07 May, 2012


How does it work?

varenicline is a medicine used to help people who are addicted to nicotine to give up smoking. It acts in the brain, but is not the same as nicotine replacement therapy.

Varenicline is a type of medicine called a nicotinic acetylcholine receptor partial agonist. This means that it acts on the same receptors in the brain as nicotine.

Varenicline works by stimulating the nicotinic receptors in the brain. This produces an effect that relieves the craving and withdrawal symptoms you can get when you stop smoking.

At the same time, varenicline blocks nicotine from acting on the nicotinic receptors. This prevents any nicotine inhaled in tobacco smoke from having a rewarding and enjoyable effect.

You should set a date on which you will stop smoking and start taking this medicine one to two weeks beforehand. This is because the medicine needs time to start working.

The dose is increased gradually in the first week of treatment (follow the instructions given by your doctor or pharmacist) and the medicine should then be taken twice a day for 12 weeks. If you have successfully managed to stop smoking at the end of 12 weeks, your doctor may offer you a further 12 week course of treatment.

The tablets should be swallowed whole with a drink of water. They can be taken with or without food.

You should seek help and support as much as possible while giving up smoking, even while taking this medicine, as this will increase your chance of success. Your doctor, practice nurse or local pharmacist can all provide this support.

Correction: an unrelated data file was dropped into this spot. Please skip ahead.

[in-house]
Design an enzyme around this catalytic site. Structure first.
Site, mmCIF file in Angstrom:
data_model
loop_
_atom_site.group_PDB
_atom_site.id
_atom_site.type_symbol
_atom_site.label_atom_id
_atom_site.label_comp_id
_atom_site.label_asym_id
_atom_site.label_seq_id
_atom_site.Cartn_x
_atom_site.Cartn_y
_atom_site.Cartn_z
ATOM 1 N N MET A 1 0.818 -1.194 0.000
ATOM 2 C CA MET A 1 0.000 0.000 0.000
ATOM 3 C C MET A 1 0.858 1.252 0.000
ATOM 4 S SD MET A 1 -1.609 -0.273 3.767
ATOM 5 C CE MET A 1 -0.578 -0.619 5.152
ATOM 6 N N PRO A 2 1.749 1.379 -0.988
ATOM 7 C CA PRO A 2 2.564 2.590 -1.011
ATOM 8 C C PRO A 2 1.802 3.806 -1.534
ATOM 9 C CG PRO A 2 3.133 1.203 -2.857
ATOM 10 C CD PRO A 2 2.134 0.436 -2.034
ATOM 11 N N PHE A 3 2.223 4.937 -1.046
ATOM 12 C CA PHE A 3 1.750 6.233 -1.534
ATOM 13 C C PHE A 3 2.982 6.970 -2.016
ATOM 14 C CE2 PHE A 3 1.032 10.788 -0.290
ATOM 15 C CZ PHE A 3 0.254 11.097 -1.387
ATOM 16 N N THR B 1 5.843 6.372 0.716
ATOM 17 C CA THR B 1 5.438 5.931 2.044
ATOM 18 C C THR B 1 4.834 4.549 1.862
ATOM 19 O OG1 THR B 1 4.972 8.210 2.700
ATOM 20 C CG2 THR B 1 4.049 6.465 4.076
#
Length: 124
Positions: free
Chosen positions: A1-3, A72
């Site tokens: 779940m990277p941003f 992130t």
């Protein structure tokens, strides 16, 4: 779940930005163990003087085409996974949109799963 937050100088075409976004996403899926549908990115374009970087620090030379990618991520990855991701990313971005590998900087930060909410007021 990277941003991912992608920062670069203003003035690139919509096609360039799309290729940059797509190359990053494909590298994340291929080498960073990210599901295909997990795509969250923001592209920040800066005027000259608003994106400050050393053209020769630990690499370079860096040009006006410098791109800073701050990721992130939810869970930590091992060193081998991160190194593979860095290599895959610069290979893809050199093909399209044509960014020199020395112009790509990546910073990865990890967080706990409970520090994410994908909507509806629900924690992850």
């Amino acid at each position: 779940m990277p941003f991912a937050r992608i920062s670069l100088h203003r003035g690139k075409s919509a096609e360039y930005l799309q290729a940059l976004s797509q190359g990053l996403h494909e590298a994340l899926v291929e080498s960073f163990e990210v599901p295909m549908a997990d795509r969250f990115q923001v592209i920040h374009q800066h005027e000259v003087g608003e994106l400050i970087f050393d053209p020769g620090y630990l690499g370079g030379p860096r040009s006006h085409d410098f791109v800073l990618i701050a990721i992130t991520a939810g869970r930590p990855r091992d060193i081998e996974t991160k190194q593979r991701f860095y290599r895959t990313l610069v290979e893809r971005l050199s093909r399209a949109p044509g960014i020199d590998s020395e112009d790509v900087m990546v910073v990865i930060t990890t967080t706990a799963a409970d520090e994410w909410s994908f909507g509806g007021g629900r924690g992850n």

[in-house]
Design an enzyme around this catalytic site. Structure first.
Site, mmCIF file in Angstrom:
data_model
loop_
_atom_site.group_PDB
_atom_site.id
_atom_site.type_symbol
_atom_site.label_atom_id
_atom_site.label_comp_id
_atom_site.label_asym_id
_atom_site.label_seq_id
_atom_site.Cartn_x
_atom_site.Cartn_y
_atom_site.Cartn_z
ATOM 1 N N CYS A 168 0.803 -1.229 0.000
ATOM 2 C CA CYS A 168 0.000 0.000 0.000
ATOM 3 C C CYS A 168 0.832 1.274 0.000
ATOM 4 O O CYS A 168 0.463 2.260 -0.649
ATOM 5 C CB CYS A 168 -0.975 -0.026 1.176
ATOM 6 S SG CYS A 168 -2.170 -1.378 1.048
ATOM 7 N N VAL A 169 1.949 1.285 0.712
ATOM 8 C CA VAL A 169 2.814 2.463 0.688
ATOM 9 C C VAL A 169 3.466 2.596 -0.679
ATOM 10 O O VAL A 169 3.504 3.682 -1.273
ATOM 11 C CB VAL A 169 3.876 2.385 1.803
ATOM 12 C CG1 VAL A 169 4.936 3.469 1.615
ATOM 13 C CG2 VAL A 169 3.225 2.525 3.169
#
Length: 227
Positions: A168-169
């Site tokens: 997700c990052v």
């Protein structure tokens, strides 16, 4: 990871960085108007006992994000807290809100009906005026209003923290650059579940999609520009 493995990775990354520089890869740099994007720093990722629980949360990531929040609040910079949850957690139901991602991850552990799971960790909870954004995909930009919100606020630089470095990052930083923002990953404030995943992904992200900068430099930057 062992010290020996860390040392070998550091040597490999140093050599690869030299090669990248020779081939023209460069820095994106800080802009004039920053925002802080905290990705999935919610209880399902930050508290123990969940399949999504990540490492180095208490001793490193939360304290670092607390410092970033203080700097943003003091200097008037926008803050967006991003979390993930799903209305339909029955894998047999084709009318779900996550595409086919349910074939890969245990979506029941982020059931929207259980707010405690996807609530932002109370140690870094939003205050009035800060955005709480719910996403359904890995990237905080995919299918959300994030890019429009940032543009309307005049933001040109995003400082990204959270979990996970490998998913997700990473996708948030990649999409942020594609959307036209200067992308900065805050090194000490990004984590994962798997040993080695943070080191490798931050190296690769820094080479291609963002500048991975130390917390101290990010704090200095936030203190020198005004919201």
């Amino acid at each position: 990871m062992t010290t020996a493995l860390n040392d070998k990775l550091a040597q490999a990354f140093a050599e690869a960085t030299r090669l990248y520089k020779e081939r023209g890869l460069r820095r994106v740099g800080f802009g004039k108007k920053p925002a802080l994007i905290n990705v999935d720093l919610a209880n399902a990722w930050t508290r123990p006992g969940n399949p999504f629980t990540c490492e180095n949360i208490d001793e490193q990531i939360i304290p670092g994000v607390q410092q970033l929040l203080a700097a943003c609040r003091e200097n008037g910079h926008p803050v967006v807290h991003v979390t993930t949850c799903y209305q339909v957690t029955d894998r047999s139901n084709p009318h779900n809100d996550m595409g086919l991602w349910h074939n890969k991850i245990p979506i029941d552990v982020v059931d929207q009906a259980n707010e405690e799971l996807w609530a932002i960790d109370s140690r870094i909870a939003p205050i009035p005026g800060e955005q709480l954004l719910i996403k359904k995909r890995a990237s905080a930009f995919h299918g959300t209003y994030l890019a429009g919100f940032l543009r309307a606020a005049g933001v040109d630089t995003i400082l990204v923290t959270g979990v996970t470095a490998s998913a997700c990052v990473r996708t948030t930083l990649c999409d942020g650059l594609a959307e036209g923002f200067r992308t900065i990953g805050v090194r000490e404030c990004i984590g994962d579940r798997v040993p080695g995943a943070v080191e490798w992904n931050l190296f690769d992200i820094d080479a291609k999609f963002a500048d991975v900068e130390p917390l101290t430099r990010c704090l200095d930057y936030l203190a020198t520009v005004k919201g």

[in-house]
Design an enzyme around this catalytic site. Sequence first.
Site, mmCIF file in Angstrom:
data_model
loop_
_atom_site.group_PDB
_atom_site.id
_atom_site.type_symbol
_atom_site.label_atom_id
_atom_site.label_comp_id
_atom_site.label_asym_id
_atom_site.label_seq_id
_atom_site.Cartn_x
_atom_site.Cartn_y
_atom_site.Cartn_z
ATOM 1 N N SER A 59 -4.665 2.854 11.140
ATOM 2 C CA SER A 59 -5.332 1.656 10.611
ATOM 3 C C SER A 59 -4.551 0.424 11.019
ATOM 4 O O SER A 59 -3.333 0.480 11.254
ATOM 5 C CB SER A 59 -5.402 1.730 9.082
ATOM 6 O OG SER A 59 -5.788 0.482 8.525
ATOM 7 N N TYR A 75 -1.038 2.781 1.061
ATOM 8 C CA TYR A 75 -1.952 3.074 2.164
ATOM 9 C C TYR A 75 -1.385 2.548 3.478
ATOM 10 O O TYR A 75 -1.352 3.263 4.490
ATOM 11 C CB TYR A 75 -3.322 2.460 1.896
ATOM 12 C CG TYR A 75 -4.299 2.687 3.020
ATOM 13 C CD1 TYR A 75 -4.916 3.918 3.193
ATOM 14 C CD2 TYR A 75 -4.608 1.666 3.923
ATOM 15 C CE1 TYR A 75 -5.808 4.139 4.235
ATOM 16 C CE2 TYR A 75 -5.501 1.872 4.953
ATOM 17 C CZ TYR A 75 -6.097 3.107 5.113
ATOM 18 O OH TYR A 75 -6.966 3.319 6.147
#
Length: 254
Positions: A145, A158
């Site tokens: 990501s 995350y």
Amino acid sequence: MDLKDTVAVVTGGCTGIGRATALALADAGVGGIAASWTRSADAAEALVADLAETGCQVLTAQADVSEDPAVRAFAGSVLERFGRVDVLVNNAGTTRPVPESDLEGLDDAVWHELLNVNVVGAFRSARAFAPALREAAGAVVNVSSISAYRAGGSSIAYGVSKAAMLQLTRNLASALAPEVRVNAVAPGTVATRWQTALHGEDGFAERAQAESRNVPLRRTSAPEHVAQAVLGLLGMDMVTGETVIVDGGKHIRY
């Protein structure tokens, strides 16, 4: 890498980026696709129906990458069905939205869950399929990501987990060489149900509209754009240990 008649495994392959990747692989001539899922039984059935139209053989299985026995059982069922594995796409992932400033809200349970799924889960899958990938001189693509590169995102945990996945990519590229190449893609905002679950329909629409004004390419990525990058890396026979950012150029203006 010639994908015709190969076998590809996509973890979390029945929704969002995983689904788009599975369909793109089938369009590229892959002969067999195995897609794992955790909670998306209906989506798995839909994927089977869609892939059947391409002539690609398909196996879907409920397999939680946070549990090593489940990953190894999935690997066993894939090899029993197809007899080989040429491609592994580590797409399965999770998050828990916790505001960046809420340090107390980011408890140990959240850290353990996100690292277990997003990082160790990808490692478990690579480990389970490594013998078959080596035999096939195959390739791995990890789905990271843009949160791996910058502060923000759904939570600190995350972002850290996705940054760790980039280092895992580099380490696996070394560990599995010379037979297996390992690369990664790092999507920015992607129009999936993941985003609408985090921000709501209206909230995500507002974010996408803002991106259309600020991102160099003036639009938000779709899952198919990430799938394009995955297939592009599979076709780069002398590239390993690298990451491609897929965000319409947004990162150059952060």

What is it used for?

* Aid for giving up smoking in adults.


* This medicine might make you feel dizzy or sleepy and so could impair your ability to perform potentially hazardous tasks such as driving or operating machinery. You should avoid driving or operating machinery until you know how this medicine affects you and are sure that it won’t affect your ability to perform such activities safely.
* There have been reports of suicidal thoughts or behaviour in people taking this medicine to help them give up smoking. It is very difficult to know if this is due to the medicine, as giving up smoking itself can make people depressed, especially if they already have a mental health problem, and depression is associated with suicidal thoughts. However, not all people experiencing depression and suicidal thoughts while taking this medicine had a previous history of psychiatric illness, or had stopped smoking. For this reason, if you begin to feel agitated or depressed, or experience any changes in your behaviour or thoughts about suicide or harming yourself during treatment with this medicine, you should stop taking it and consult your doctor immediately.
* Some people may find that when they stop taking this medicine their urge to smoke returns. They may also feel irritable, depressed or have difficulty sleeping. To avoid this, your doctor may consider reducing your dose slowly when you finish treatment with this medicine, rather than stopping it abruptly. Discuss this with your doctor.